But is the retreat from the open borders ideal of Schengen helping the far-right?

Well, obviously nationalists rely on borders. Borders are becoming increasingly porous for commerce, tourism and work. I have got a brother who was working in Germany in the eighties because there was no work in London. He decided to go and work there. The ability to do that is a positive thing.

It always seemed to me that bigotry is very simplistic. It’s people who want to see the world in ways that aren’t complex or ambiguous. ‘Us and them’ is a rock that they cling to, despite all the evidence otherwise.  The nationalism that we seem to have in England is a belligerent nationalism, rather than a civic nationalism. Of the SNP and the BNP; which is really the nationalist party?

How important is it that European citizens - particularly young people - vote in the next elections?

I think it is very important. I don’t buy the Russell Brand thing [a British comedian who spoke out against voting] because my experience in the 1980s, of talking to the SWP - who were always having a go at us in Red Wedge because we were telling people to vote Labour - is that it is not either/or. If you come to the ballot box with me when it’s time, I’ll come to the streets with you when it’s time. If you tell me that the revolution is going to come, well, great. What will we do in the meantime while we’re waiting? We might as well take what opportunities we have to organise.  As Winston Churchill said, democracy is the worst system apart from all the other systems that have been tried.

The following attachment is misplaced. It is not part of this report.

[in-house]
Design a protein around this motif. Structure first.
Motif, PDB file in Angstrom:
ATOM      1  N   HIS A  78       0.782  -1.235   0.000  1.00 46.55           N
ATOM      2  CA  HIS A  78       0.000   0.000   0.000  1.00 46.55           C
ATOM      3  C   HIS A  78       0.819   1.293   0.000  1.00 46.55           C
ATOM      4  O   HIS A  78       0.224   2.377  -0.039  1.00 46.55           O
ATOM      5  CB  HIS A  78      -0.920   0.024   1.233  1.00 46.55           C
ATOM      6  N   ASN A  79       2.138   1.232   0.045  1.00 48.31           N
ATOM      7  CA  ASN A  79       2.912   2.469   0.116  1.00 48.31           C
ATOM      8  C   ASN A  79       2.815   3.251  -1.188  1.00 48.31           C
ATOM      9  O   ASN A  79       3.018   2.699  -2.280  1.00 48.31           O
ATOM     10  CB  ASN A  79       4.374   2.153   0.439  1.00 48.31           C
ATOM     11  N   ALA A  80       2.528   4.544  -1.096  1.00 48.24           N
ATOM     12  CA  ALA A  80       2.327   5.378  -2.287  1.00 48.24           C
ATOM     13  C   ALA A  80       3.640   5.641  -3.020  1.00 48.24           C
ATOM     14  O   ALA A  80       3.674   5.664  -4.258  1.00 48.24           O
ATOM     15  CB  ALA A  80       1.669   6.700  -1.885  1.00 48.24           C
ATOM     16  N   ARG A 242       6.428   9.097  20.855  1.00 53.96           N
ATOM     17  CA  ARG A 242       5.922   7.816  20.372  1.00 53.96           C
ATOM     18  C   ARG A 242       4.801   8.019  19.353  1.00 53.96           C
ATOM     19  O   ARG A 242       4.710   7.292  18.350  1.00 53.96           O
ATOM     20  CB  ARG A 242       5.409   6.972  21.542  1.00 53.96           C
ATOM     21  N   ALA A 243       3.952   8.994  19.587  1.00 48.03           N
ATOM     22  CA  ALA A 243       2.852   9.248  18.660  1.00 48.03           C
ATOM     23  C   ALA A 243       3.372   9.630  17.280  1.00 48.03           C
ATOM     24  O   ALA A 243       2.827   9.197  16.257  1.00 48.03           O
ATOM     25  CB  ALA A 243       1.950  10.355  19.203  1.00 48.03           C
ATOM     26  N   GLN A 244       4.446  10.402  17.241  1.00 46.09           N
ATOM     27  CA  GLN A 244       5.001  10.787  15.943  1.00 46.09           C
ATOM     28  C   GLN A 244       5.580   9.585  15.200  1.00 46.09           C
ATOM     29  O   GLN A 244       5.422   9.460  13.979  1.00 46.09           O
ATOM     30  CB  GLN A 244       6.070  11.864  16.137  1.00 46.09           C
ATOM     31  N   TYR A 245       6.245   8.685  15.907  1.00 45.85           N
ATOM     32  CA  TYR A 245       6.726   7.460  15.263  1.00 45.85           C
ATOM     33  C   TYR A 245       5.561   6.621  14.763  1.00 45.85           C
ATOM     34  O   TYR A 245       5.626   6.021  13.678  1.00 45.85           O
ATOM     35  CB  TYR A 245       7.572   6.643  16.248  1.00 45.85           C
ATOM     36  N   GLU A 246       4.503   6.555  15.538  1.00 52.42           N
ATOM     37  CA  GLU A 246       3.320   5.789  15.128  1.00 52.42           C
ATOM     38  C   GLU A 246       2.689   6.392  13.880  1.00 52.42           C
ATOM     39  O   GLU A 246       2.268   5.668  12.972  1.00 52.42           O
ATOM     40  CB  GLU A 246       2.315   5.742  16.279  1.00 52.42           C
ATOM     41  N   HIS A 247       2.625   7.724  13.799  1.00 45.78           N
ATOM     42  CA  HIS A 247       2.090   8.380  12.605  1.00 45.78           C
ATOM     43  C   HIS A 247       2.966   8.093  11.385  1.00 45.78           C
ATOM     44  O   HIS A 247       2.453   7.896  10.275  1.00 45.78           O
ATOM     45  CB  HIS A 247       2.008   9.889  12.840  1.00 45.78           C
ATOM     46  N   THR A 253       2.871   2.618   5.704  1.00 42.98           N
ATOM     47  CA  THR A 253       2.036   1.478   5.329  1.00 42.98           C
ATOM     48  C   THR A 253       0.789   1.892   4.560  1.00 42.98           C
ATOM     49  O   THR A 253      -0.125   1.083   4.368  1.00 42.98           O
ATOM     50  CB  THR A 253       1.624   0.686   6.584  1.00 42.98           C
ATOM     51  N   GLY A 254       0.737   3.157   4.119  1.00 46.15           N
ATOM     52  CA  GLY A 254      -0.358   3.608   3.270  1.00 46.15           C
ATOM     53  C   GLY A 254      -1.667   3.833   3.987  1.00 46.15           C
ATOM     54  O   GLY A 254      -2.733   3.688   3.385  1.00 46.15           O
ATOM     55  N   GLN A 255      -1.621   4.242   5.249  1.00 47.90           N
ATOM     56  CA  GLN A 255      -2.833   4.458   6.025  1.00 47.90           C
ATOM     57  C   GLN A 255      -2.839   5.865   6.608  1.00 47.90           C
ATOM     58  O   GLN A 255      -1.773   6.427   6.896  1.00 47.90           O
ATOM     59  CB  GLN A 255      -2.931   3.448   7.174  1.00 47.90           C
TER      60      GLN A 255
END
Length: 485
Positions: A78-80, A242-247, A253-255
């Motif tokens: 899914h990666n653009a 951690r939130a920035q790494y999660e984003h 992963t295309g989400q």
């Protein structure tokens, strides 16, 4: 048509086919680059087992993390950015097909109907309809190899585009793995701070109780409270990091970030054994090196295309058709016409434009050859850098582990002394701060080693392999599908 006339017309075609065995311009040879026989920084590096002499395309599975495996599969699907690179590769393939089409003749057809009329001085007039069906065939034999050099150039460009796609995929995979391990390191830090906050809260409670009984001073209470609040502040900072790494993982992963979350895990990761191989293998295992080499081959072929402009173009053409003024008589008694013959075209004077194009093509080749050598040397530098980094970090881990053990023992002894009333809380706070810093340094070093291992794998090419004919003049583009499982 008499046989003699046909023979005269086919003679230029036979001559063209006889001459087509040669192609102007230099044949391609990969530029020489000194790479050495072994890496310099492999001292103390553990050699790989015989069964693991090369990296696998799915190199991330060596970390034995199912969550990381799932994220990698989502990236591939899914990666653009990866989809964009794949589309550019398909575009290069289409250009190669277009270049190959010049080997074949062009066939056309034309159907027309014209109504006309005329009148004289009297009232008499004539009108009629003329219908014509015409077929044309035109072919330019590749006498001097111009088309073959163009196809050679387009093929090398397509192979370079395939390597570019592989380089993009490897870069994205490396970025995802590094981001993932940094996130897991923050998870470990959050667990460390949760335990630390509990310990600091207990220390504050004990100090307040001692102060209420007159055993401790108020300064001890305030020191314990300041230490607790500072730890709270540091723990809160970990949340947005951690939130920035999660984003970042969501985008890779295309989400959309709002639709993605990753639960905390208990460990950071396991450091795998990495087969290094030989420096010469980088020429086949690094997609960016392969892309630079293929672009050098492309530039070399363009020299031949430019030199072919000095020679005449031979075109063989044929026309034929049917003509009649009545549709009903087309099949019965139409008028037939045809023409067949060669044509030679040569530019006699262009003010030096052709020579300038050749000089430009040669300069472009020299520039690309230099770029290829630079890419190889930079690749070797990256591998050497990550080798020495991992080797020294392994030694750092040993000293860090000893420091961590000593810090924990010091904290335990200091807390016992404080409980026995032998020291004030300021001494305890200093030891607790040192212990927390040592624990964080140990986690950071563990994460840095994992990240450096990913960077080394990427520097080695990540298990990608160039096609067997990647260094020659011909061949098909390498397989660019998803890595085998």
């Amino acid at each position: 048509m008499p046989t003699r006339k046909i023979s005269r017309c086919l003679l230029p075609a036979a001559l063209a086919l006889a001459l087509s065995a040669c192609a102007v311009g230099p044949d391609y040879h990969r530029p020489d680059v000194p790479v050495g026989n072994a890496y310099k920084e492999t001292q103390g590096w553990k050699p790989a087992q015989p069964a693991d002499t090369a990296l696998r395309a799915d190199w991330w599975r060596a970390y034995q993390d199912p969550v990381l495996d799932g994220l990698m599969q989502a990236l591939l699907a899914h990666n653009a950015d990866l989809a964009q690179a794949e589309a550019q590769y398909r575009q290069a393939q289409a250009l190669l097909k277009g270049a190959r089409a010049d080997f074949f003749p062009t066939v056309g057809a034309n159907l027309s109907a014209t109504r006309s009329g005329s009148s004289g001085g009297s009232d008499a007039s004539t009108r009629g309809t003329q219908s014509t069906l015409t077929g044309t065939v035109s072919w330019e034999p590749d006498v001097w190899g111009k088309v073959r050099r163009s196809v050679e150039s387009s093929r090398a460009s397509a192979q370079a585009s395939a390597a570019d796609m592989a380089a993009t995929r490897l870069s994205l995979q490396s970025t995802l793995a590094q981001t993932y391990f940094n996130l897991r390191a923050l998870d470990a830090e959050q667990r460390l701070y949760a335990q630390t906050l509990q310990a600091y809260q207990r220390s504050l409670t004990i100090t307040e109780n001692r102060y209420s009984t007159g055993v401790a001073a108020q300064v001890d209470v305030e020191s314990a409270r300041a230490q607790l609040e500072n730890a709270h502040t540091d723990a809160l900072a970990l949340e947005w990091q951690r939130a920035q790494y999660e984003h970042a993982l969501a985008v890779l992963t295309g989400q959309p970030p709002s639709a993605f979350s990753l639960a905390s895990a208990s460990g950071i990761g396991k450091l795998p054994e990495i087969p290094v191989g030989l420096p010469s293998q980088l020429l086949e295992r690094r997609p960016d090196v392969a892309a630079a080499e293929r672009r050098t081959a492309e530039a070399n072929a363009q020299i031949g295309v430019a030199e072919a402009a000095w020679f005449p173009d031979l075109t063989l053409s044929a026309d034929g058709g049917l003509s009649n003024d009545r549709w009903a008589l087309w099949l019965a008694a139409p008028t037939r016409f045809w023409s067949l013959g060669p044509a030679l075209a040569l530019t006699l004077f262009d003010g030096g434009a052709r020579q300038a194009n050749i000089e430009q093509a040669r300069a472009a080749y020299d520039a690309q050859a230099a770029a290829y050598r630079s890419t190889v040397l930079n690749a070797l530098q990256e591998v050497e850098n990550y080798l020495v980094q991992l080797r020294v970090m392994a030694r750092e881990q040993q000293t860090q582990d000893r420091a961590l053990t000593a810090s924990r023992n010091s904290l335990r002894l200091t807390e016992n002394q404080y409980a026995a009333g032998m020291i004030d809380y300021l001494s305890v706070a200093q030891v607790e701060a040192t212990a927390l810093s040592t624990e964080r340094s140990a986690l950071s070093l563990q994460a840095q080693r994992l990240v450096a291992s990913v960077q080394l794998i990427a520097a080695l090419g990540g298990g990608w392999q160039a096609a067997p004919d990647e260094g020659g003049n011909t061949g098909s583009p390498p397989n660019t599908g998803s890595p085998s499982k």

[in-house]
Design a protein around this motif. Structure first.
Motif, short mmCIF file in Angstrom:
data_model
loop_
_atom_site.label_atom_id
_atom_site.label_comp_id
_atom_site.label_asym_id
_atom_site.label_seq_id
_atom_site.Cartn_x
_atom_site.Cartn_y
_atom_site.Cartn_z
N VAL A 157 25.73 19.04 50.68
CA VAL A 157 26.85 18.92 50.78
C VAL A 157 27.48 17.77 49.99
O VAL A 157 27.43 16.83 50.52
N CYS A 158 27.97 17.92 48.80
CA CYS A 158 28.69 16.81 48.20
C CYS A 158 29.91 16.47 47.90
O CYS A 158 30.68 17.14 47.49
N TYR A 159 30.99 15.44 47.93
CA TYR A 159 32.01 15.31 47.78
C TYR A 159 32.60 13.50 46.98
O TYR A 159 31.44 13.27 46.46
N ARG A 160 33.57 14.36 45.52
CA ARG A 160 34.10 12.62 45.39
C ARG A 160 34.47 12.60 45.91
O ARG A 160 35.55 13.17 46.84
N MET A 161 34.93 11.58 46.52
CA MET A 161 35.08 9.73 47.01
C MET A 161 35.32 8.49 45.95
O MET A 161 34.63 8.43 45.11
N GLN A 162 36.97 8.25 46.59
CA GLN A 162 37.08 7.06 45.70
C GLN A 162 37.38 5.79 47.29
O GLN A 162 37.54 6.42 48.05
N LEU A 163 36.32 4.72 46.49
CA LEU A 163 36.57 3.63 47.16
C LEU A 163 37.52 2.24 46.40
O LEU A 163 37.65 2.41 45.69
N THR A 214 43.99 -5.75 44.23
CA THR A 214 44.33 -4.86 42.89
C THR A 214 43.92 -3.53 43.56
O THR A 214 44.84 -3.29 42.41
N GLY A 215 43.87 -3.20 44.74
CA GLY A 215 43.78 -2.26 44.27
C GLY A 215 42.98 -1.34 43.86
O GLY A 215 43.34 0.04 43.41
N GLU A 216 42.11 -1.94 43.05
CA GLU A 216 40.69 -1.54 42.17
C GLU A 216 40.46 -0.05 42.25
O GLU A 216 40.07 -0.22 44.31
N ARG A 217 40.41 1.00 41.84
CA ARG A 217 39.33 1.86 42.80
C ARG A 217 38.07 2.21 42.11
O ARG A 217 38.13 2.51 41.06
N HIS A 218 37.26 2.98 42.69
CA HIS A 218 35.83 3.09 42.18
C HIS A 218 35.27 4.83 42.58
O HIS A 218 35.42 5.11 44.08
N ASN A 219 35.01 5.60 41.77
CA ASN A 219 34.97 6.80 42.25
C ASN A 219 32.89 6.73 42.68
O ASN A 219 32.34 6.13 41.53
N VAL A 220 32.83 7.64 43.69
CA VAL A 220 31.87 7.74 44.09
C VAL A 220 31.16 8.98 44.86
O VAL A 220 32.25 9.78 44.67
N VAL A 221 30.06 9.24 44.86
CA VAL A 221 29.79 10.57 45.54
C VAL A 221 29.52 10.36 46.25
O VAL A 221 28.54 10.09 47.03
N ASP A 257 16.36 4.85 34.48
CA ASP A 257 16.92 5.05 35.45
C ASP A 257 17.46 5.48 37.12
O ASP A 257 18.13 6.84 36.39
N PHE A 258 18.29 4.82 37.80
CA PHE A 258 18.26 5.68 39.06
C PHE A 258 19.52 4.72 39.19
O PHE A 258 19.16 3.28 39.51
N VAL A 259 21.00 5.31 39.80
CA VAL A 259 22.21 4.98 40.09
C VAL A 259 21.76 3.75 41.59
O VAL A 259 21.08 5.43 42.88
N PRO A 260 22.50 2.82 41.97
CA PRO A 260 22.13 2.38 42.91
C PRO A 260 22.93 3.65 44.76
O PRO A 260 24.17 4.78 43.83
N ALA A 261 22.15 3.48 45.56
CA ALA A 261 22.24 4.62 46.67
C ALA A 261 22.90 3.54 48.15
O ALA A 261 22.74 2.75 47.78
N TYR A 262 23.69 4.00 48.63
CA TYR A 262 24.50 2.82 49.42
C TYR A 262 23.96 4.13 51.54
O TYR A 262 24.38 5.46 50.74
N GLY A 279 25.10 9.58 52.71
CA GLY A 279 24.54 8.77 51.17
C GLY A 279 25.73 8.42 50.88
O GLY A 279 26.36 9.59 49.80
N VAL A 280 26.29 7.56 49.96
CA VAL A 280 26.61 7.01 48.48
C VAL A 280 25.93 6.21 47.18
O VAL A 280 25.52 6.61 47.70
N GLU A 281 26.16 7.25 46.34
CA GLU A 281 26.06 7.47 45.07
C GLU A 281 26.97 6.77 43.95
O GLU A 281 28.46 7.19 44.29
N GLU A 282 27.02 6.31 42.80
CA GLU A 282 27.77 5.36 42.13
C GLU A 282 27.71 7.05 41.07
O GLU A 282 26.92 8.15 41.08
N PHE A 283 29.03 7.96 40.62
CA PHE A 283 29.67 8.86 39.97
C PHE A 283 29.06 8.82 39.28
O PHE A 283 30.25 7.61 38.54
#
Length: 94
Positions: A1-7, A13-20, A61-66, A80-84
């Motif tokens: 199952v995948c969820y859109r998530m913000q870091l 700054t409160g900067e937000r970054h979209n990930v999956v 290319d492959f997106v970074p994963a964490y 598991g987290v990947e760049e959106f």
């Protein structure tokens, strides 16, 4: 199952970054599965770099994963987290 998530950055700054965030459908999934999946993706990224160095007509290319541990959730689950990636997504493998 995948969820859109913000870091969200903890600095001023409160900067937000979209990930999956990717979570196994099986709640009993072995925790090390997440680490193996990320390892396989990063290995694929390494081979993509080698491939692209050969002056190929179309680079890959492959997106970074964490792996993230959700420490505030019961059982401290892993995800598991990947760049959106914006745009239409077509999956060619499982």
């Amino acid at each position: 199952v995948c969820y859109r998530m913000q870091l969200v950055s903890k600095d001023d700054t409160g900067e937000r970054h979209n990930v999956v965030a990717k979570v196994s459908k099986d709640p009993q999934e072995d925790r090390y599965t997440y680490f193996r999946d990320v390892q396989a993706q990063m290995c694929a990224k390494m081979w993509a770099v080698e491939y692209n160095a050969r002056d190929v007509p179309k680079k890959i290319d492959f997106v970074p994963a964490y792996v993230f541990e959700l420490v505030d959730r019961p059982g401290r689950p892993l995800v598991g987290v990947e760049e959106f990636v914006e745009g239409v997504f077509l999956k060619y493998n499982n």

So if people said to you: ‘What’s the point? The EU is just a bunch of unaccountable toothless bureaucrats…’

Well, there is a case that there is a democratic deficit. I would like to see the European Parliament have more teeth, really. Still, the levers of power are really in the hands of the Council of Ministers and I think the people need to be in control, rather than the governments of nations.

Another criticism is that it is institutionally neo-liberal and promoting an austerity agenda.